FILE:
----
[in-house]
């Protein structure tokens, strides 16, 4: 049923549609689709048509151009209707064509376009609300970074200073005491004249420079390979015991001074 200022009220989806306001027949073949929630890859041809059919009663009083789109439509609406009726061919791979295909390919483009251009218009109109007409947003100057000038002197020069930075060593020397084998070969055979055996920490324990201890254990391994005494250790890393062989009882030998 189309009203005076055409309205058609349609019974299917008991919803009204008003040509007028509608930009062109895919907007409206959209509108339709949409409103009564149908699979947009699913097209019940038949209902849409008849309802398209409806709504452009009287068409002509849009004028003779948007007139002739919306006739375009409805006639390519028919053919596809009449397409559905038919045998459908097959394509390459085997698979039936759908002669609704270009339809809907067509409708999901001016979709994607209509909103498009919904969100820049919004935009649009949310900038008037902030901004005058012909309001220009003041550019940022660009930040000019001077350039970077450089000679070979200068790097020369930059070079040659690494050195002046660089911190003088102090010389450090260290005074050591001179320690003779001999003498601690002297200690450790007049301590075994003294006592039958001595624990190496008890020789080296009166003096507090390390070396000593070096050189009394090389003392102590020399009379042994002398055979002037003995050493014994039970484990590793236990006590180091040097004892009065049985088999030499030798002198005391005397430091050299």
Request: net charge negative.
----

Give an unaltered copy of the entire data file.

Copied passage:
[in-house]
């Protein structure tokens, strides 16, 4: 049923549609689709048509151009209707064509376009609300970074200073005491004249420079390979015991001074 200022009220989806306001027949073949929630890859041809059919009663009083789109439509609406009726061919791979295909390919483009251009218009109109007409947003100057000038002197020069930075060593020397084998070969055979055996920490324990201890254990391994005494250790890393062989009882030998 189309009203005076055409309205058609349609019974299917008991919803009204008003040509007028509608930009062109895919907007409206959209509108339709949409409103009564149908699979947009699913097209019940038949209902849409008849309802398209409806709504452009009287068409002509849009004028003779948007007139002739919306006739375009409805006639390519028919053919596809009449397409559905038919045998459908097959394509390459085997698979039936759908002669609704270009339809809907067509409708999901001016979709994607209509909103498009919904969100820049919004935009649009949310900038008037902030901004005058012909309001220009003041550019940022660009930040000019001077350039970077450089000679070979200068790097020369930059070079040659690494050195002046660089911190003088102090010389450090260290005074050591001179320690003779001999003498601690002297200690450790007049301590075994003294006592039958001595624990190496008890020789080296009166003096507090390390070396000593070096050189009394090389003392102590020399009379042994002398055979002037003995050493014994039970484990590793236990006590180091040097004892009065049985088999030499030798002198005391005397430091050299």
Request: net charge negative.